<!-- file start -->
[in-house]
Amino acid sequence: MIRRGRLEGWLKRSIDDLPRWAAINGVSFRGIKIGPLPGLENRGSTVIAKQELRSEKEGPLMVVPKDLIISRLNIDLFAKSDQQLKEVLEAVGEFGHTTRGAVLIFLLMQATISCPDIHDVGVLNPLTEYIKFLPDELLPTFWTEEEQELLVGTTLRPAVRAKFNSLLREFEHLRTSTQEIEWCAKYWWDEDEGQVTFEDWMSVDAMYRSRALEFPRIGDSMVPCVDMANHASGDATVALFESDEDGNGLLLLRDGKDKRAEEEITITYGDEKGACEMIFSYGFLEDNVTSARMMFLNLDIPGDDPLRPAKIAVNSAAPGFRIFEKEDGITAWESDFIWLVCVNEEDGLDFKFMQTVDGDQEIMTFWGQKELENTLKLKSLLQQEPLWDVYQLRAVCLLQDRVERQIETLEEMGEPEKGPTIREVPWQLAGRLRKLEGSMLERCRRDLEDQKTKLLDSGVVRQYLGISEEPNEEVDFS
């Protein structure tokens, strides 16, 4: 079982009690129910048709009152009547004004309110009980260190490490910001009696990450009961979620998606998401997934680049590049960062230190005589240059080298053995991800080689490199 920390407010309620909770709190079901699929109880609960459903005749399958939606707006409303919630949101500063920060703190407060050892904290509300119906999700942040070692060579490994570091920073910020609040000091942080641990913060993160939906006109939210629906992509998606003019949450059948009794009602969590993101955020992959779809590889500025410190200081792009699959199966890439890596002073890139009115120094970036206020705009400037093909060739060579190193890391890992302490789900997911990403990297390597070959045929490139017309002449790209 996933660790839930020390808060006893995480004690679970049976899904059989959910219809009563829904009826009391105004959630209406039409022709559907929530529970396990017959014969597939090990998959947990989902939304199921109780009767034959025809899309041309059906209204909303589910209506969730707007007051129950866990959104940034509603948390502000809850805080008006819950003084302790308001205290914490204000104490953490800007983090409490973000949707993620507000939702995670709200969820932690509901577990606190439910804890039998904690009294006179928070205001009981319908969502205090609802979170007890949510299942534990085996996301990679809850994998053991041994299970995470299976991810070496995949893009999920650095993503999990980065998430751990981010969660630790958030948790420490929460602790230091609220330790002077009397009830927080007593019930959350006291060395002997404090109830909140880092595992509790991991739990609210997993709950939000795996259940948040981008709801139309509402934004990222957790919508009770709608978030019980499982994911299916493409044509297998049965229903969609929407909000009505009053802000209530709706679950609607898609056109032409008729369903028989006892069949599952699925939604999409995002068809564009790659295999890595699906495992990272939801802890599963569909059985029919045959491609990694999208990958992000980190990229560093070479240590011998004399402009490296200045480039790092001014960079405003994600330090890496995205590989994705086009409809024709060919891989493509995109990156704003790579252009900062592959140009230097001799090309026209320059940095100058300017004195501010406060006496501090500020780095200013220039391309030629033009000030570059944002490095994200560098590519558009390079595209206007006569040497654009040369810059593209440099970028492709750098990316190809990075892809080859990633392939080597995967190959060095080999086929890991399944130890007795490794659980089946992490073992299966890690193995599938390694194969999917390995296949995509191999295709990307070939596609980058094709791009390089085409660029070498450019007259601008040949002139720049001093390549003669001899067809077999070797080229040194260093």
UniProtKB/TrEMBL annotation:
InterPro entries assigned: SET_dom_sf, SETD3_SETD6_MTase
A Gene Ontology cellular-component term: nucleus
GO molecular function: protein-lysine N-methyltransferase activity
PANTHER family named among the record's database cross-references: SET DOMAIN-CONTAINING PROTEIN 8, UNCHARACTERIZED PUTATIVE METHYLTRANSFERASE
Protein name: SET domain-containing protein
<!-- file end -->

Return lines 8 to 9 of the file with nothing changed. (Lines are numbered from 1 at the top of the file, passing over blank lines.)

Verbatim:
PANTHER family named among the record's database cross-references: SET DOMAIN-CONTAINING PROTEIN 8, UNCHARACTERIZED PUTATIVE METHYLTRANSFERASE
Protein name: SET domain-containing protein